So that was his answer. He is completely dedicated to the program, utterly; however the cost is soaring. No indication that an axe is hanging over the spending, of course, but with absolutely no indication of what’s coming next either. Just a reminder of how much the NDIS is costing that was left hanging in the air.
The implication is clear.
This government isn’t stupid. It won’t say it out loud – and neither will Labor – but both parties are extremely aware that the cost of the program as it’s currently being implemented is zooming way ahead of the original estimates. It’s almost as if the tactics have suddenly changed. Instead of being told spending is on track the message has suddenly changed to one of enormous blow-outs.
Critically, and framed in this way, it’s easy to see the productivity gains necessary to pay for the NDIS just aren’t there and something will have to give. At some point a decision will need to be made. Either taxes will have to go up; spending elsewhere will have to be cut; or the NDIS will have to be slashed.
The stage was set for a hearing of the Joint Standing Committee on the NDIS soon after. This heard there’s been no let-up to the blow-out. In fact the most recent review, by data analytics and actuarial consultancy Taylor Fry, has found the cost to the budget will just grow and grow.
Back in 2020, budget projections suggested the cost would remain relatively constant at something like around $25 billion a year. Last year a revision saw them soaring to more than $30 billion. The Taylor Fry report is an examination of the NDIA’s official actuarial projections and puts the total bill (for financial year 2024/25) at $41 billion – more than the cost of the entire defence force. And growth doesn’t stop there. According to its estimates by financial year 2029/30 Taylor Fry says the NDIA predicts it will need to spend $59 billion on the NDIS.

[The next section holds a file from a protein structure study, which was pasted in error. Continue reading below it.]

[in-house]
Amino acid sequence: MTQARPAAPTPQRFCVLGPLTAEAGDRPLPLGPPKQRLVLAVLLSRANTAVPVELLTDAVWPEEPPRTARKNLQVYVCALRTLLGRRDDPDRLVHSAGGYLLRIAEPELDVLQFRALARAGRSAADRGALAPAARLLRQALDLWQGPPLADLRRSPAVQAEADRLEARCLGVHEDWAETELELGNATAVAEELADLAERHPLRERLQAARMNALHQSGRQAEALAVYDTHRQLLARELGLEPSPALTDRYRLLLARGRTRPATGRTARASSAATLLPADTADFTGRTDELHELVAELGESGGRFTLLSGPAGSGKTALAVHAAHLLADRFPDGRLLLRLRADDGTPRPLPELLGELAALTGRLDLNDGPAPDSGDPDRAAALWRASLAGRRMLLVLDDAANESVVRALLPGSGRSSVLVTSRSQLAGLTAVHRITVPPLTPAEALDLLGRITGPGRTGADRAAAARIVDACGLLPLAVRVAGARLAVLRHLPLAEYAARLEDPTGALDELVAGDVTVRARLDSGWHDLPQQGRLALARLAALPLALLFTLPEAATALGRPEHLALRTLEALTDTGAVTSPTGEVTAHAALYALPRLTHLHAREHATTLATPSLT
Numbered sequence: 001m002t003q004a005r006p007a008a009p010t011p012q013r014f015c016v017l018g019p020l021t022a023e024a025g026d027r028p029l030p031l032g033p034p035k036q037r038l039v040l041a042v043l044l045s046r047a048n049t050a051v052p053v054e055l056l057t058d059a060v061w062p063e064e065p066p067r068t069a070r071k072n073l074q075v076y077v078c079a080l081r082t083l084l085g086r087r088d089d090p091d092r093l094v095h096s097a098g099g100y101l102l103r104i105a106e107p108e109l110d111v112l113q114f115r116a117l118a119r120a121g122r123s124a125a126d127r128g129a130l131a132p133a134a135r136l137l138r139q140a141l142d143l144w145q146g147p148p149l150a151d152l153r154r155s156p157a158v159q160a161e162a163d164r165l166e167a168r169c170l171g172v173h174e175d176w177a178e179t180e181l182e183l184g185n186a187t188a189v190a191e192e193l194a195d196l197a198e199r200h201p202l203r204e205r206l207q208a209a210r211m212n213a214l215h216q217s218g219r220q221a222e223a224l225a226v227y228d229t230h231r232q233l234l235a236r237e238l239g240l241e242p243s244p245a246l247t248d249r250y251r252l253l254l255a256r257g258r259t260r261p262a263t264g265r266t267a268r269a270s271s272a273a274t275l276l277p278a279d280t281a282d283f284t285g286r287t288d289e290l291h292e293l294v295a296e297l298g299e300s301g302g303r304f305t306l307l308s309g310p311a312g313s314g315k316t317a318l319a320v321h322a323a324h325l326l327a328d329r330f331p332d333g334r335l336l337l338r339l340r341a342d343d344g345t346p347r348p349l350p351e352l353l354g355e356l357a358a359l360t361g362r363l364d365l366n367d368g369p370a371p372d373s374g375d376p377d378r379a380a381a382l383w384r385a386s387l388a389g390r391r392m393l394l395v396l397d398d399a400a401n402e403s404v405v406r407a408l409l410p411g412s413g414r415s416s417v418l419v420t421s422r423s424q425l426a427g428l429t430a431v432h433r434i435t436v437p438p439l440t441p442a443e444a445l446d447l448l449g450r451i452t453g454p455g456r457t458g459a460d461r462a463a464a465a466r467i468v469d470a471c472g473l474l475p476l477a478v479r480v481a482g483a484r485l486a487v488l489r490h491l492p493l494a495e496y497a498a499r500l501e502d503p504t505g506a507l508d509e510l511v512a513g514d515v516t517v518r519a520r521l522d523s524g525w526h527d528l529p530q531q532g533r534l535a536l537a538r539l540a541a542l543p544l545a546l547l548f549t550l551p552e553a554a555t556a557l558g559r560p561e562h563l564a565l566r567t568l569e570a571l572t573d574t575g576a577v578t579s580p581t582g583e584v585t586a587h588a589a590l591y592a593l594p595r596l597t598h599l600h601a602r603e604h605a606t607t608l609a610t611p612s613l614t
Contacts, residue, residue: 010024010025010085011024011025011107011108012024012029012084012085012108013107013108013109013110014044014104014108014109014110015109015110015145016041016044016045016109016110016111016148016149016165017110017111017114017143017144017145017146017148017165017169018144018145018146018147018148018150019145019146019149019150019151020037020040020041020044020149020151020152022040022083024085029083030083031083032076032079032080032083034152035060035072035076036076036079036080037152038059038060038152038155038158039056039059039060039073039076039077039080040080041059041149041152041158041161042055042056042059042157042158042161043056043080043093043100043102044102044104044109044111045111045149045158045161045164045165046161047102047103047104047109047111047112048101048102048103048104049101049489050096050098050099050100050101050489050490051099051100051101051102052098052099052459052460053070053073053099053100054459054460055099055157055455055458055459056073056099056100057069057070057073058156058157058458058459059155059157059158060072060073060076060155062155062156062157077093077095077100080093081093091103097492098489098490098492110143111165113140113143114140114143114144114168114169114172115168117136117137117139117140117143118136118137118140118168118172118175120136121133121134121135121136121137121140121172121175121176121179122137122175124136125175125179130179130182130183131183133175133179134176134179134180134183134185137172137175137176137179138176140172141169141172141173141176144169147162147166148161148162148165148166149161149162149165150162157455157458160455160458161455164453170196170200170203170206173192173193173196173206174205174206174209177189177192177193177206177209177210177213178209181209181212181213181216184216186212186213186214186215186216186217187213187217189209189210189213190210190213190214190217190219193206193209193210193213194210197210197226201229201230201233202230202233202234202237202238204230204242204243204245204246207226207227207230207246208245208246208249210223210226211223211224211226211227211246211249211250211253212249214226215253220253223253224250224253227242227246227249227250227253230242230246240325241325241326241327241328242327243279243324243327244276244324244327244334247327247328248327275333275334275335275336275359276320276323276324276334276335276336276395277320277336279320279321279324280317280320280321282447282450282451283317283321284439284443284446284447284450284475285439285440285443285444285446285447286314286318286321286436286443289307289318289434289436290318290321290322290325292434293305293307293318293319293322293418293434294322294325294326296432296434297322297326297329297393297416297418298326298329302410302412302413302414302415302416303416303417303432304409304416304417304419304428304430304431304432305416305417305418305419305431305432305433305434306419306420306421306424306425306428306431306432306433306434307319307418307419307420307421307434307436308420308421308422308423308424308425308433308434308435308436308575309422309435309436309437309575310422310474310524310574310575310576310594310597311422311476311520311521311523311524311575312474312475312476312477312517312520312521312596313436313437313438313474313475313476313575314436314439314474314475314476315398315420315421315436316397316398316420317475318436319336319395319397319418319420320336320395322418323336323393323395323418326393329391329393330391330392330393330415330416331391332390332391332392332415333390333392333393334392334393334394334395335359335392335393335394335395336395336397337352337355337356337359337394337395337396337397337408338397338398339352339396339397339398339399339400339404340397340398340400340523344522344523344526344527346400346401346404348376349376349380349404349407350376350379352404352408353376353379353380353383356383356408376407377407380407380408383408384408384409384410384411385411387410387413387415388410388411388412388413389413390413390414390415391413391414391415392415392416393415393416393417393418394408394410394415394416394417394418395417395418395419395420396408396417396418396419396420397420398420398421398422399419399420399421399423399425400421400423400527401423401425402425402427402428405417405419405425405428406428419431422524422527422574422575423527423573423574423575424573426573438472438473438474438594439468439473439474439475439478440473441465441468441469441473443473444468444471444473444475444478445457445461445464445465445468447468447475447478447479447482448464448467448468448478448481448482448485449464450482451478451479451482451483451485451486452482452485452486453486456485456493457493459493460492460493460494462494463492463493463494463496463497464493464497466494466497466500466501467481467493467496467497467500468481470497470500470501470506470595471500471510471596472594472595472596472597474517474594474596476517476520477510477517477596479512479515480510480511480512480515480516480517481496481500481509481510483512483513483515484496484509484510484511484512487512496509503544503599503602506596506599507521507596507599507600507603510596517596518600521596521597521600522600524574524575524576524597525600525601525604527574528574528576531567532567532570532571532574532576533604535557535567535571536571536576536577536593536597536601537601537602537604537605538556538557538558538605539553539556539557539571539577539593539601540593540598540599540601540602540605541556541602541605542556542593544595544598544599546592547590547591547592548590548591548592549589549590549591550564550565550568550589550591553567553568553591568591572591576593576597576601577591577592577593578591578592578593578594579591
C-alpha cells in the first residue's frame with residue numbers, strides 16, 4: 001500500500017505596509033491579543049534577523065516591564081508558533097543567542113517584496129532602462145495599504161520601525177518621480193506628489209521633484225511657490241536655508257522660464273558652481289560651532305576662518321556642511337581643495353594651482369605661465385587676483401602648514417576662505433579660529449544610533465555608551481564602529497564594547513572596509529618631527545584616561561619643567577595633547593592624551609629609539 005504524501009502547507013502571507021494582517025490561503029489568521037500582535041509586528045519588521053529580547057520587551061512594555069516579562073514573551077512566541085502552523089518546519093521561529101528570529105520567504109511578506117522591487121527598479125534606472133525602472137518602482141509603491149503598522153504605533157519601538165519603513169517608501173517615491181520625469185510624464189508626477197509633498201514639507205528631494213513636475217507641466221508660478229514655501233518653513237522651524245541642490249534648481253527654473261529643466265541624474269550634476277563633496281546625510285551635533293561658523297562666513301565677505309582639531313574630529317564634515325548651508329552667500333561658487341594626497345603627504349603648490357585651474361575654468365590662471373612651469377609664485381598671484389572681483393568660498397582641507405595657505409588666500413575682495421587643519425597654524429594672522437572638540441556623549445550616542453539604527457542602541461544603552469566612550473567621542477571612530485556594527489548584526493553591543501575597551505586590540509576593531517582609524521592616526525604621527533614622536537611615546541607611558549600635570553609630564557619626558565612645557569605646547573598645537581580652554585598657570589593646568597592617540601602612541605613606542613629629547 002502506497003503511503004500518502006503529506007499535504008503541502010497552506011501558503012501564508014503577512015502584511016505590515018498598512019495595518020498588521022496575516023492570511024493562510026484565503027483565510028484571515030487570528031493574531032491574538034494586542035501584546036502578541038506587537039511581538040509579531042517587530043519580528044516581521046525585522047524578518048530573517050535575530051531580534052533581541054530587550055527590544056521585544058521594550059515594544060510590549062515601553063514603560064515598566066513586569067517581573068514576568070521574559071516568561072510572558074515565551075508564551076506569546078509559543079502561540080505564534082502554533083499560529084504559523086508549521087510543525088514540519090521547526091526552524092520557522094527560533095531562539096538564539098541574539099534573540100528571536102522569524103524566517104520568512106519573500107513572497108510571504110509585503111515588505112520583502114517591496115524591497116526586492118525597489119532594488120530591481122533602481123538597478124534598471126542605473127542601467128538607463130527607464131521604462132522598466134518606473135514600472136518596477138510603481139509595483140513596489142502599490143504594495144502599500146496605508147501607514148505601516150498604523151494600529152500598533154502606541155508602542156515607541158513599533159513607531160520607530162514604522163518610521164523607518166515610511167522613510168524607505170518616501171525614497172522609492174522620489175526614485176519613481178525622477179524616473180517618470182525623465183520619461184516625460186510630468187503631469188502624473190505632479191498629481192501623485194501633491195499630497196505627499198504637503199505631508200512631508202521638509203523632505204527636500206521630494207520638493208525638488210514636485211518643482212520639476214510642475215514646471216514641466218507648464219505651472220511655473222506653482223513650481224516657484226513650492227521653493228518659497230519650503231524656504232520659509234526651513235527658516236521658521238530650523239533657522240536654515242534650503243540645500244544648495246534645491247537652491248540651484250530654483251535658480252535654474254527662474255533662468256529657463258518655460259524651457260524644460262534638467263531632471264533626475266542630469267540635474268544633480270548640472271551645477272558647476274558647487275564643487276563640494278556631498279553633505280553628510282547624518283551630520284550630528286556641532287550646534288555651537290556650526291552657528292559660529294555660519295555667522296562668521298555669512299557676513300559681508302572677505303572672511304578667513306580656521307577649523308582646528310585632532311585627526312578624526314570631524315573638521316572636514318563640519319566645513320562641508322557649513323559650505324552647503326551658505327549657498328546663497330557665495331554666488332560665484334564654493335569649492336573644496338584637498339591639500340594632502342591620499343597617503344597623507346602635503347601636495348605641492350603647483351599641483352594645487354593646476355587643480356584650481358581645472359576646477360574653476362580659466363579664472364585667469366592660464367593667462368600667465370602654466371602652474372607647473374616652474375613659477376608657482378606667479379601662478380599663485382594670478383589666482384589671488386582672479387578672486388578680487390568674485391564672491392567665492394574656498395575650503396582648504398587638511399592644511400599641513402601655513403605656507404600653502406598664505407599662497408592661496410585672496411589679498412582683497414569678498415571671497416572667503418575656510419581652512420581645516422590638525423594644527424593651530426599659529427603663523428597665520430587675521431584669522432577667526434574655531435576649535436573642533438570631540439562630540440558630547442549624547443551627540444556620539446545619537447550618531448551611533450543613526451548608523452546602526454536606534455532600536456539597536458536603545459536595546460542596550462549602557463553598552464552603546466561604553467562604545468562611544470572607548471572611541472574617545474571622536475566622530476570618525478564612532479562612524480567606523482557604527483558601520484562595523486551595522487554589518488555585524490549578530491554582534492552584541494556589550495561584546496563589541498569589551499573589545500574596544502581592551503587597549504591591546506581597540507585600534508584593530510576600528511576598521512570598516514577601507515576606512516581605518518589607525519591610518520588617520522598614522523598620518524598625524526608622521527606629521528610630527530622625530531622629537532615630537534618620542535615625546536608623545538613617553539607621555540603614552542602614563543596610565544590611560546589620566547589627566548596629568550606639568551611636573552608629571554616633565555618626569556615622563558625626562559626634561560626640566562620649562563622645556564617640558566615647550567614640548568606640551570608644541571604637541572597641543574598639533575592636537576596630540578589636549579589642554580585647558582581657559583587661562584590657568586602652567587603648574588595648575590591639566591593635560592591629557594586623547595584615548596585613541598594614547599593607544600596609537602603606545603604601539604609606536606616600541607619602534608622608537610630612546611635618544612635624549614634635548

This would exceed the amount currently devoted to tertiary education.
It’s almost as if the actuaries had been told to confirm the biggest figure they possibly could to reveal the coming bills will cost the government way more than originally expected.
This is not to cast doubt on the figures but simply to suggest there has been a mood switch in the government. Normally shy about suggesting it has a problem, it has switched tack and is clearly attempting to demonstrate the program, as currently framed, is unsustainable. What it isn’t prepared to do, however, is say how it intends to fix it.
What’s interesting from this perspective is the way savings have been treated. Normally, nominal amounts can be ripped off other government spending programs to fund expenditure elsewhere. Savings on hospital costs, for example, are used to justify money spent on better roads. That’s not the case here.
None of this will surprise those in the sector who assert a dysfunctional approach has been taken to the implementation of the NDIS. But equally it doesn’t mean the implications of this dramatic shift in messaging can be ignored, either. What’s occurring is a potentially radical re-writing of the messaging surrounding the entire disability sector.
This sets the stage for a political revisiting of the whole project.